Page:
Today’s selection (2d) is a nice passage for two reasons. First, it’s a good passage for language learning. The syntax is not terribly complicated: there are several parallel clauses, and the repetition reinforces the learning. In addition, the vocabulary is fairly basic and includes several important theological terms. Just add die Hoffnung, (hope) to your list and you have faith, hope, and love, as well as wrath and vengeance. So, it is an excellent foundation for beginners in theological German. It is probably worth memorizing for this reason alone.
Second, the theological reflections are interesting and important.
When Martin Luther spoke of Law and Gospel, he did not intend to dismiss the Old Testament Scriptures. In fact, he believed the preaching of the law was necessary to drive us to the grace of God. Still, it was easy for the belief that “the law condemns and the Gospel saves” to lead to a neglect of the Old Testament.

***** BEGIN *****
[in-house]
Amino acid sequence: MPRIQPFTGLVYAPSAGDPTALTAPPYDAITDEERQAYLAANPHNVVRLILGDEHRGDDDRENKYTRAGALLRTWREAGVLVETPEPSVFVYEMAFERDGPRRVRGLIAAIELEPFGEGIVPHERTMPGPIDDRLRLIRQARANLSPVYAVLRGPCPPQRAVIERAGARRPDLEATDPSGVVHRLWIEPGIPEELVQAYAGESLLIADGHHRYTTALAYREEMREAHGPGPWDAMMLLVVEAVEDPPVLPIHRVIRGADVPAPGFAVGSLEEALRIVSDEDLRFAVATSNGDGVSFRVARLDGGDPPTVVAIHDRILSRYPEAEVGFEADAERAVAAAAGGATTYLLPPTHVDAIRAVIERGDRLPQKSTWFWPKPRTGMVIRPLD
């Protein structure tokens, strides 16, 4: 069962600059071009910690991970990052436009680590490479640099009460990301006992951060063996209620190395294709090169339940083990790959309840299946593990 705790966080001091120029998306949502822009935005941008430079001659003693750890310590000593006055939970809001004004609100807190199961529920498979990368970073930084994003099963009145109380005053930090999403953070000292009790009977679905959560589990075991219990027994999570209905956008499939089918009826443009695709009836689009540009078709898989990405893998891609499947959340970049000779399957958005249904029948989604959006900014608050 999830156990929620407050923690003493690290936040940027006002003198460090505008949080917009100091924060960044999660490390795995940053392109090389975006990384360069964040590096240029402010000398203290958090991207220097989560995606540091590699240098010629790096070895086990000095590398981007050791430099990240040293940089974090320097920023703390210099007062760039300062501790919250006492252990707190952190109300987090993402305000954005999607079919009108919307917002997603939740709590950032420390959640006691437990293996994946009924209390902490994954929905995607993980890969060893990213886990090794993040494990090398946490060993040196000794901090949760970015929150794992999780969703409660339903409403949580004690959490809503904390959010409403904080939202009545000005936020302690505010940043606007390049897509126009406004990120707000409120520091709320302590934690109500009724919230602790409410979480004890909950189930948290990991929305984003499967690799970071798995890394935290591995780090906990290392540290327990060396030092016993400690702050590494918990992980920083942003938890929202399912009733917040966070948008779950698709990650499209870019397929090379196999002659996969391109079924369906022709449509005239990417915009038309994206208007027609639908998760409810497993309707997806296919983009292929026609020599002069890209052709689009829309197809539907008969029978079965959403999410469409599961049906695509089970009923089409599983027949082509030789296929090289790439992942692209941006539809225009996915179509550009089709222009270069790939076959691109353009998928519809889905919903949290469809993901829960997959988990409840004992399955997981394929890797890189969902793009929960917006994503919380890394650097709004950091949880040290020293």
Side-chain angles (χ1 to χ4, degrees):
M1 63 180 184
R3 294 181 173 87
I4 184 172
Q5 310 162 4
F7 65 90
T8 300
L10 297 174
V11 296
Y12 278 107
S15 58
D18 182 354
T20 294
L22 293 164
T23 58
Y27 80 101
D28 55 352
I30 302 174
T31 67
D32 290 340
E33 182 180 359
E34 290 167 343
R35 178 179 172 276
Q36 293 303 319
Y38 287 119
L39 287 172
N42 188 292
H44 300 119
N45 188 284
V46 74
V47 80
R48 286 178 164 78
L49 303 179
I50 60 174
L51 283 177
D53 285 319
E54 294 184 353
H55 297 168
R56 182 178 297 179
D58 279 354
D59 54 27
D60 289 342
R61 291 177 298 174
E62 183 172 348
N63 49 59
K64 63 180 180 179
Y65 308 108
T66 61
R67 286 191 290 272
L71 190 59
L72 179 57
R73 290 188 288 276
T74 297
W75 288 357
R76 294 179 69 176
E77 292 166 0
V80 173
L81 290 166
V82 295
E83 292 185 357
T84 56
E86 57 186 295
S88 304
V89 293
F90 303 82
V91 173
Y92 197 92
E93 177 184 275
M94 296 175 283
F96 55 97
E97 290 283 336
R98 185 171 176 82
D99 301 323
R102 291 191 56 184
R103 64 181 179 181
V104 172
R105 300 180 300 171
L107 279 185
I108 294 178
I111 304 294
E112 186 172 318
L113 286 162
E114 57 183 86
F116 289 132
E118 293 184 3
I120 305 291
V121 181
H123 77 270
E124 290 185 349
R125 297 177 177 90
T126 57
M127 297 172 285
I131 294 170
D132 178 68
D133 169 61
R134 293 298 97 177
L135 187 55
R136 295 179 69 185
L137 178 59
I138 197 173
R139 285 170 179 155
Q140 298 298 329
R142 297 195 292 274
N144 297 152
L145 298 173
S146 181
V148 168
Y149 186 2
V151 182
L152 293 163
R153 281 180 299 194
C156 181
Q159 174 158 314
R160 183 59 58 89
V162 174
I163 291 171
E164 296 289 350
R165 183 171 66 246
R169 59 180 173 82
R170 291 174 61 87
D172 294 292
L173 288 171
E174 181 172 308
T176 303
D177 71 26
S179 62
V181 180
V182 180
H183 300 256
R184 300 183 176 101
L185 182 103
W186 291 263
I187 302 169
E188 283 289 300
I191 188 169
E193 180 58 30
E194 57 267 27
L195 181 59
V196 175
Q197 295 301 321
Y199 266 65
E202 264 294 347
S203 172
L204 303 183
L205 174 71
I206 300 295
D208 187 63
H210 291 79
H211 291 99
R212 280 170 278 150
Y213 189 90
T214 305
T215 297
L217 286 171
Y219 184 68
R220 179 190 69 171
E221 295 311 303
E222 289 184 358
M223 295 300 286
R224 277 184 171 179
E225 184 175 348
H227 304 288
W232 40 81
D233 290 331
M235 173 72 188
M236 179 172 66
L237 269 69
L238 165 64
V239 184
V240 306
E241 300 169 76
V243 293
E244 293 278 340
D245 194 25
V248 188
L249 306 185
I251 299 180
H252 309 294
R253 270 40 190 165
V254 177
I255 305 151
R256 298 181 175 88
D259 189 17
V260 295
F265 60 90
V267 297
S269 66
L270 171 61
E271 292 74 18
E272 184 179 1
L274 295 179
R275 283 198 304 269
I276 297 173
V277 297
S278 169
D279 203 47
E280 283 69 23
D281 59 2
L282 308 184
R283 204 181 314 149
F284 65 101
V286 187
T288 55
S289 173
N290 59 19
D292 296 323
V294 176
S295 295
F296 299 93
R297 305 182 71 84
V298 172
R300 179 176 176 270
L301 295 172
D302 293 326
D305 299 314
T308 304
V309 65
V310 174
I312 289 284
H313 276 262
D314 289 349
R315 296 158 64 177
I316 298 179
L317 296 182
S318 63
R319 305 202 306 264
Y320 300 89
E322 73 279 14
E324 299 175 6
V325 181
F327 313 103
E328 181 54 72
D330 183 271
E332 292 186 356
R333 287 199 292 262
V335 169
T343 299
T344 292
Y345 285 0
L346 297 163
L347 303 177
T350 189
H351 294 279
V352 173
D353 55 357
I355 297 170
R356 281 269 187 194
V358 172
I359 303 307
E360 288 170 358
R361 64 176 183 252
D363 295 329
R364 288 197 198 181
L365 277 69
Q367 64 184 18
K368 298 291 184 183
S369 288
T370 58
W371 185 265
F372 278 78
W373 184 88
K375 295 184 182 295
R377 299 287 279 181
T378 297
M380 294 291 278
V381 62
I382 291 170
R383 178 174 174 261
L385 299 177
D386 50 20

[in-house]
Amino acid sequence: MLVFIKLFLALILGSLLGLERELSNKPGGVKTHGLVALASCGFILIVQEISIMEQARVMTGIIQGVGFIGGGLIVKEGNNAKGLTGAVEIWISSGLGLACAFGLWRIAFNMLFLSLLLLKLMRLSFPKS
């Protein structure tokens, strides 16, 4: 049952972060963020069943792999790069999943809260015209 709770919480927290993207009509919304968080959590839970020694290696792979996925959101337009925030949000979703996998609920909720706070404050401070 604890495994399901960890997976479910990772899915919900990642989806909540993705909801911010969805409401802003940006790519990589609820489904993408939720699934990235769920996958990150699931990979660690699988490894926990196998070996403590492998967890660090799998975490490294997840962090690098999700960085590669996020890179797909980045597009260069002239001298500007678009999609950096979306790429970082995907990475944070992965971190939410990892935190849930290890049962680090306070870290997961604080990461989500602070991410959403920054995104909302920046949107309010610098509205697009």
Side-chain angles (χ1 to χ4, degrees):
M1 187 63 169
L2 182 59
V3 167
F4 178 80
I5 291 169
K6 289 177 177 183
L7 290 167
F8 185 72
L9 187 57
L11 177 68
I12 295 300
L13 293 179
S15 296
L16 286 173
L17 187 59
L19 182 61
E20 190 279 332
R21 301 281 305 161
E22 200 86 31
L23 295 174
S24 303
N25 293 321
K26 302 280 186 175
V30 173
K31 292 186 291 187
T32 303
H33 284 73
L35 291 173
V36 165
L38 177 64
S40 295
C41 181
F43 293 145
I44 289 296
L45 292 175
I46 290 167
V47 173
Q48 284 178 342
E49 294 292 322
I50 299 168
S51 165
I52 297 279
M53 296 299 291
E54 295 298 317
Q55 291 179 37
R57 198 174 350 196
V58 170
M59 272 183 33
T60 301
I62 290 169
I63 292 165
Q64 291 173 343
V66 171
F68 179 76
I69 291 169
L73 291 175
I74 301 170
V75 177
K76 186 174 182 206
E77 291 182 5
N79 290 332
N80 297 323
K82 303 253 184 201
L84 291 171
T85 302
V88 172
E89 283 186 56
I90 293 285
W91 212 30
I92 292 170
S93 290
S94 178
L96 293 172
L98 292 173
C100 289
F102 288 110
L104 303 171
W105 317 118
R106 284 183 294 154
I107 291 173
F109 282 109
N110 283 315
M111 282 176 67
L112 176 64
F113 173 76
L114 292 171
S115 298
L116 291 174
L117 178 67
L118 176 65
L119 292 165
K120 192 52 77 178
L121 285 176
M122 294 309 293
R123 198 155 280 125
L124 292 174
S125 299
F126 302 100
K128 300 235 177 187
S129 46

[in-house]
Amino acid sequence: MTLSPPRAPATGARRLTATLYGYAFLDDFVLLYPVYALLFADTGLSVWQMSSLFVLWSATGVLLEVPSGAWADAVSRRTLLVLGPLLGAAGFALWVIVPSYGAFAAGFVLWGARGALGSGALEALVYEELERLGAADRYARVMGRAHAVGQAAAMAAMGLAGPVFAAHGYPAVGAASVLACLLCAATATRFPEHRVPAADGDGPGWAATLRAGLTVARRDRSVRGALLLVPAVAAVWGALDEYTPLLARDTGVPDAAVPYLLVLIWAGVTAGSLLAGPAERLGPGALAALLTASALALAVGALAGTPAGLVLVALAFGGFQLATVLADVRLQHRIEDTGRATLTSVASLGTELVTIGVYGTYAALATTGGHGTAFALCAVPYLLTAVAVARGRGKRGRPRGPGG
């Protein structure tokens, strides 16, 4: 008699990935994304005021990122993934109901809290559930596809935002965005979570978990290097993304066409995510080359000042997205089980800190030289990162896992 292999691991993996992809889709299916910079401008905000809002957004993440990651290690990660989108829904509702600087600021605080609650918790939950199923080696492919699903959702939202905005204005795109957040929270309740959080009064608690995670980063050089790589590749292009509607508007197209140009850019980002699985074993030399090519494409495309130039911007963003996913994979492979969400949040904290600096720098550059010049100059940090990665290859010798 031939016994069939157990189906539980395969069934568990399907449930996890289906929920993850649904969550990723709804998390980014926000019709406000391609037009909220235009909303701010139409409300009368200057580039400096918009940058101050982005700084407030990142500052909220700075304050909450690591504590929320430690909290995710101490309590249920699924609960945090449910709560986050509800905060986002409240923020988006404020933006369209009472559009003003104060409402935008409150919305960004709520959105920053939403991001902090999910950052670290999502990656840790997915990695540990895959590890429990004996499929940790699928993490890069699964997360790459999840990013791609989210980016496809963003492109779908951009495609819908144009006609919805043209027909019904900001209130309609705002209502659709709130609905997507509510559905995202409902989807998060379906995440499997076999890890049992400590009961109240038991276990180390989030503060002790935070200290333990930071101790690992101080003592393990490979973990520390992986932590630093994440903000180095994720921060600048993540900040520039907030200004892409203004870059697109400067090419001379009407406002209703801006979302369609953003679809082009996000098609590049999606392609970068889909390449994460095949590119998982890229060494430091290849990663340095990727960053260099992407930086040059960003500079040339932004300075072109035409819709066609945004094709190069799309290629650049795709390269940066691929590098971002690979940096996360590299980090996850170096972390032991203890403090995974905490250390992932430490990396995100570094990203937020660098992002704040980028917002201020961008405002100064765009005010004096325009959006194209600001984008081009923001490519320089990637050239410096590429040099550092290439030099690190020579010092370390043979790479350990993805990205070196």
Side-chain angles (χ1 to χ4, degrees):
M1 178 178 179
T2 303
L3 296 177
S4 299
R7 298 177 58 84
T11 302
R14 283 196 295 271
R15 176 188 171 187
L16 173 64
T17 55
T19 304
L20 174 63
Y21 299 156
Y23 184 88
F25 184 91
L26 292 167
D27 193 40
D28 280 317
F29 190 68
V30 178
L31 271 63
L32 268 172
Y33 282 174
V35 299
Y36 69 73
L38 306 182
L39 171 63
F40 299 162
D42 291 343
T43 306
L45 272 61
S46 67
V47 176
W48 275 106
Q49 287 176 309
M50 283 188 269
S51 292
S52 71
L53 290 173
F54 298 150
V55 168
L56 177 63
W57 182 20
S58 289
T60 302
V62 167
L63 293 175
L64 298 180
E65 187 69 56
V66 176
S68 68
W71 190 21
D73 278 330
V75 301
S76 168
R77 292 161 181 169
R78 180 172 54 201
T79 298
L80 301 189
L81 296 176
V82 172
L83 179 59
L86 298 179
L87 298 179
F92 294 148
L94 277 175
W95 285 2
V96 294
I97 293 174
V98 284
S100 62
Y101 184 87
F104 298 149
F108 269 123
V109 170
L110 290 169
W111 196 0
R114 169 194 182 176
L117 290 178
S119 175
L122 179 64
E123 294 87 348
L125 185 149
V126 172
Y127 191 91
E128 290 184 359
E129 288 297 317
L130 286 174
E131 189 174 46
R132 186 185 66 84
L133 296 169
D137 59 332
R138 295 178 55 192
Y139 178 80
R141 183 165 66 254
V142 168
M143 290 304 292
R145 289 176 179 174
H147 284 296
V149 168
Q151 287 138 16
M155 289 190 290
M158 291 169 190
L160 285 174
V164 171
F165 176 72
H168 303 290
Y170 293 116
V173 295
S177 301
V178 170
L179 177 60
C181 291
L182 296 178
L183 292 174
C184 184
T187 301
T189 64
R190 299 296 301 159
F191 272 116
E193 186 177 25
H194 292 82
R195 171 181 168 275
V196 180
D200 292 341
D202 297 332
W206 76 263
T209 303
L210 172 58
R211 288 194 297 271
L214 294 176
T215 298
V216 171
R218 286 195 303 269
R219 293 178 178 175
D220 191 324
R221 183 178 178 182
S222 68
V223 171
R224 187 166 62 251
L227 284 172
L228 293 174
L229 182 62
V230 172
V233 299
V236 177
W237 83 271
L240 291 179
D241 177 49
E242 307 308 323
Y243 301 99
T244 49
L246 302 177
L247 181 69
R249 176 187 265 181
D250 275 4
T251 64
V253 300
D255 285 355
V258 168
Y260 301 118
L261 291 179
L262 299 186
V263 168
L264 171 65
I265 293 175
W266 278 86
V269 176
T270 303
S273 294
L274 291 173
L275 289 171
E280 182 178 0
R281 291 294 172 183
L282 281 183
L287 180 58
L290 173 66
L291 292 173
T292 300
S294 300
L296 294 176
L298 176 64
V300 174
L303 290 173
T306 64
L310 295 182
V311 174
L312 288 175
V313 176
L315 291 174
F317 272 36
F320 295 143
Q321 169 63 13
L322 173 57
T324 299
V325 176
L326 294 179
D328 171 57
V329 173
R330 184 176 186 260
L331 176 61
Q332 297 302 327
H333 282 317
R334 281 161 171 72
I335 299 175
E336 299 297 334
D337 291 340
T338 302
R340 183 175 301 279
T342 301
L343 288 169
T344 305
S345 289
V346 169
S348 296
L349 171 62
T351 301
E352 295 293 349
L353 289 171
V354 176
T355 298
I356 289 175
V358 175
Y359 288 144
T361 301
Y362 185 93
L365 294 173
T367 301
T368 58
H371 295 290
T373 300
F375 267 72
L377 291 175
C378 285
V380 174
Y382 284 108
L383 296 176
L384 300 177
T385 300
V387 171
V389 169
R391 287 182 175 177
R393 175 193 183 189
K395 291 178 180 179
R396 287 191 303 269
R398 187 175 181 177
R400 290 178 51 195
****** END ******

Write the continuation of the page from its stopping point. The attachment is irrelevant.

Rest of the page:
Wellhausen’s reconstruction of the history of Israelite religion reached the conclusion that the once-vital faith of the prophets had deteriorated into a sterile legalism by the end of the Old Testament period. Friedrich Delitzsch, son of the great Old Testament expositor Franz Delitzsch, called for a rejection of the Old Testament for use in the Church. (His famous “Babel und Bibel” is available online–click on the title.)
Bonhoeffer’s teacher Harnack had a lifelong fascination with Marcion, the second-century anti-Jewish heretic who rejected the Old Testament. Harnack wrote his dissertation at the age of 19 on Marcion; and his last book in 1921 was on Marcion. In this he followed Marcion and the younger Delitzsch in calling for the church to dispose of the Old Testament. (For more on Harnack and Marcion, click here.) The negative view of Judaism and the Old Testament, though it may not have caused the rise of the Nazis, certainly did nothing to resist it.
Bonhoeffer’s turning toward the Old Testament as a source of Christian theology, then, is important in his historical setting.